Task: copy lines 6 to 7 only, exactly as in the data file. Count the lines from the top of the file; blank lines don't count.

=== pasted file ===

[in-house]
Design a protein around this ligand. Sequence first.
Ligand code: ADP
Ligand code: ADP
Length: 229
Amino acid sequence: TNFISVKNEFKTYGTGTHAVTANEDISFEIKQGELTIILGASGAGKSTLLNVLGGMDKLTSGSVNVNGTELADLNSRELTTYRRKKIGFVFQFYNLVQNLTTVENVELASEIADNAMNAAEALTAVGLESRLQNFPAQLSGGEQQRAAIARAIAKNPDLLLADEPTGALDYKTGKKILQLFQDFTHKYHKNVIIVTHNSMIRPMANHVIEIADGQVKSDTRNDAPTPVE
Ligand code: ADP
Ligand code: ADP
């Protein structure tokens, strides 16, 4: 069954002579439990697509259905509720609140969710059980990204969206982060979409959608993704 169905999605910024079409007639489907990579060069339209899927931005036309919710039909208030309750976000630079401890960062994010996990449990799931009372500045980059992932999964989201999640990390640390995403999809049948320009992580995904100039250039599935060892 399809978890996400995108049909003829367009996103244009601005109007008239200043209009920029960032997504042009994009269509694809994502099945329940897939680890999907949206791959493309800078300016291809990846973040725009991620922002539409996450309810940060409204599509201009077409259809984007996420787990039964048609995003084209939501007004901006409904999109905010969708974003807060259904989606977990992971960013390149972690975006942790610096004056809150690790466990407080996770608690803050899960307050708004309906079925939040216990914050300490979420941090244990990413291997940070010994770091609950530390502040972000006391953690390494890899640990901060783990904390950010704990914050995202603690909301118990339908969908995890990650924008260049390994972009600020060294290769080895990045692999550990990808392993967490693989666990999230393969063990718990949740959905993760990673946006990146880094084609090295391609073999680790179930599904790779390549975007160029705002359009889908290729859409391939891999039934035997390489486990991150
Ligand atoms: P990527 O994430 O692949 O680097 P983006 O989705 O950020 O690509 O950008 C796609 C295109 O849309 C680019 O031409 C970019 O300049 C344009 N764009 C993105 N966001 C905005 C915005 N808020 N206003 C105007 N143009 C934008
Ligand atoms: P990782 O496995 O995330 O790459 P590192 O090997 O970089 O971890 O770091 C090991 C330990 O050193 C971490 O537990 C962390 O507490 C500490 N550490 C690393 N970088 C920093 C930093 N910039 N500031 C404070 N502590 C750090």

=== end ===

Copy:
Amino acid sequence: TNFISVKNEFKTYGTGTHAVTANEDISFEIKQGELTIILGASGAGKSTLLNVLGGMDKLTSGSVNVNGTELADLNSRELTTYRRKKIGFVFQFYNLVQNLTTVENVELASEIADNAMNAAEALTAVGLESRLQNFPAQLSGGEQQRAAIARAIAKNPDLLLADEPTGALDYKTGKKILQLFQDFTHKYHKNVIIVTHNSMIRPMANHVIEIADGQVKSDTRNDAPTPVE
Ligand code: ADP